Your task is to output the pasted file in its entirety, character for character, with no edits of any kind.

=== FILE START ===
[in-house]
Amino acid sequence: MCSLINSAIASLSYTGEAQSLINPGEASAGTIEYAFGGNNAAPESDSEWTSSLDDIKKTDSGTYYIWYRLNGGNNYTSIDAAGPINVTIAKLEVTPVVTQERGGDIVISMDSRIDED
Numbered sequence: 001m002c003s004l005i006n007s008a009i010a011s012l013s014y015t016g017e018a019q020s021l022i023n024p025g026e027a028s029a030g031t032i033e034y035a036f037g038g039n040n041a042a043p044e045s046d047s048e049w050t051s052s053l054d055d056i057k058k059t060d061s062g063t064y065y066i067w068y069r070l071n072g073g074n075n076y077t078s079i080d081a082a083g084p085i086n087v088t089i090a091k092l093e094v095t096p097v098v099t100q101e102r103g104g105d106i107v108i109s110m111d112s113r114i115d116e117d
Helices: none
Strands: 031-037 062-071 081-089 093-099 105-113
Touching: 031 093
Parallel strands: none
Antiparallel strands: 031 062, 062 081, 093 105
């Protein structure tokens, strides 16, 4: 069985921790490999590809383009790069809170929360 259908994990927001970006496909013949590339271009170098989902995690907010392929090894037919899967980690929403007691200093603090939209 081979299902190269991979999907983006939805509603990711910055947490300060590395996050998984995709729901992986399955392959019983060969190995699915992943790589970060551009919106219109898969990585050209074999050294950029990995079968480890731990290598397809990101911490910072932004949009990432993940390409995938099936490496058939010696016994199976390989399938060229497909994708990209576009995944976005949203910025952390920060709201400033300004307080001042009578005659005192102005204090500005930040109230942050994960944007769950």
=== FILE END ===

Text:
[in-house]
Amino acid sequence: MCSLINSAIASLSYTGEAQSLINPGEASAGTIEYAFGGNNAAPESDSEWTSSLDDIKKTDSGTYYIWYRLNGGNNYTSIDAAGPINVTIAKLEVTPVVTQERGGDIVISMDSRIDED
Numbered sequence: 001m002c003s004l005i006n007s008a009i010a011s012l013s014y015t016g017e018a019q020s021l022i023n024p025g026e027a028s029a030g031t032i033e034y035a036f037g038g039n040n041a042a043p044e045s046d047s048e049w050t051s052s053l054d055d056i057k058k059t060d061s062g063t064y065y066i067w068y069r070l071n072g073g074n075n076y077t078s079i080d081a082a083g084p085i086n087v088t089i090a091k092l093e094v095t096p097v098v099t100q101e102r103g104g105d106i107v108i109s110m111d112s113r114i115d116e117d
Helices: none
Strands: 031-037 062-071 081-089 093-099 105-113
Touching: 031 093
Parallel strands: none
Antiparallel strands: 031 062, 062 081, 093 105
């Protein structure tokens, strides 16, 4: 069985921790490999590809383009790069809170929360 259908994990927001970006496909013949590339271009170098989902995690907010392929090894037919899967980690929403007691200093603090939209 081979299902190269991979999907983006939805509603990711910055947490300060590395996050998984995709729901992986399955392959019983060969190995699915992943790589970060551009919106219109898969990585050209074999050294950029990995079968480890731990290598397809990101911490910072932004949009990432993940390409995938099936490496058939010696016994199976390989399938060229497909994708990209576009995944976005949203910025952390920060709201400033300004307080001042009578005659005192102005204090500005930040109230942050994960944007769950």